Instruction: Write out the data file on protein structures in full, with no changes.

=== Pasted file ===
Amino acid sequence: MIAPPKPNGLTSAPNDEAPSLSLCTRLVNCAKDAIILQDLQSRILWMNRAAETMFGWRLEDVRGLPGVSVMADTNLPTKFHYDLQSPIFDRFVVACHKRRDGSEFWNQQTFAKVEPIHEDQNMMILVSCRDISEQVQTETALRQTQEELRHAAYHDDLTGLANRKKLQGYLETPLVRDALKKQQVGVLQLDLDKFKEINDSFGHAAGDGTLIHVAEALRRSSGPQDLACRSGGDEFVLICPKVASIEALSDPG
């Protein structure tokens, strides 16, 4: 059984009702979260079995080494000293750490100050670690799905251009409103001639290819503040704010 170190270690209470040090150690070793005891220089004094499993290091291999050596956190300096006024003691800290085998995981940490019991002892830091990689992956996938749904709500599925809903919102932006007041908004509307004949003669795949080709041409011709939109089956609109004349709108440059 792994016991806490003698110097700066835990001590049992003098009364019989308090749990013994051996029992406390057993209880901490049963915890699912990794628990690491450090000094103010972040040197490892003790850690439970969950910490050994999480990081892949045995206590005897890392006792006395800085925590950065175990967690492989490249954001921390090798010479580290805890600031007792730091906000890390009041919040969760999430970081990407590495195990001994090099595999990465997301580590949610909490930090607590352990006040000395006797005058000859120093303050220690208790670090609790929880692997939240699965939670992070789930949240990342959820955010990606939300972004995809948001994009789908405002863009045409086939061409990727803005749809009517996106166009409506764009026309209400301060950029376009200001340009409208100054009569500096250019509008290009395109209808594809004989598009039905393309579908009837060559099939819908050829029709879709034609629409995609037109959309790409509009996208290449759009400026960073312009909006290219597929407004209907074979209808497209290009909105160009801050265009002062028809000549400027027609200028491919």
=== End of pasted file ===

Amino acid sequence: MIAPPKPNGLTSAPNDEAPSLSLCTRLVNCAKDAIILQDLQSRILWMNRAAETMFGWRLEDVRGLPGVSVMADTNLPTKFHYDLQSPIFDRFVVACHKRRDGSEFWNQQTFAKVEPIHEDQNMMILVSCRDISEQVQTETALRQTQEELRHAAYHDDLTGLANRKKLQGYLETPLVRDALKKQQVGVLQLDLDKFKEINDSFGHAAGDGTLIHVAEALRRSSGPQDLACRSGGDEFVLICPKVASIEALSDPG
């Protein structure tokens, strides 16, 4: 059984009702979260079995080494000293750490100050670690799905251009409103001639290819503040704010 170190270690209470040090150690070793005891220089004094499993290091291999050596956190300096006024003691800290085998995981940490019991002892830091990689992956996938749904709500599925809903919102932006007041908004509307004949003669795949080709041409011709939109089956609109004349709108440059 792994016991806490003698110097700066835990001590049992003098009364019989308090749990013994051996029992406390057993209880901490049963915890699912990794628990690491450090000094103010972040040197490892003790850690439970969950910490050994999480990081892949045995206590005897890392006792006395800085925590950065175990967690492989490249954001921390090798010479580290805890600031007792730091906000890390009041919040969760999430970081990407590495195990001994090099595999990465997301580590949610909490930090607590352990006040000395006797005058000859120093303050220690208790670090609790929880692997939240699965939670992070789930949240990342959820955010990606939300972004995809948001994009789908405002863009045409086939061409990727803005749809009517996106166009409506764009026309209400301060950029376009200001340009409208100054009569500096250019509008290009395109209808594809004989598009039905393309579908009837060559099939819908050829029709879709034609629409995609037109959309790409509009996208290449759009400026960073312009909006290219597929407004209907074979209808497209290009909105160009801050265009002062028809000549400027027609200028491919």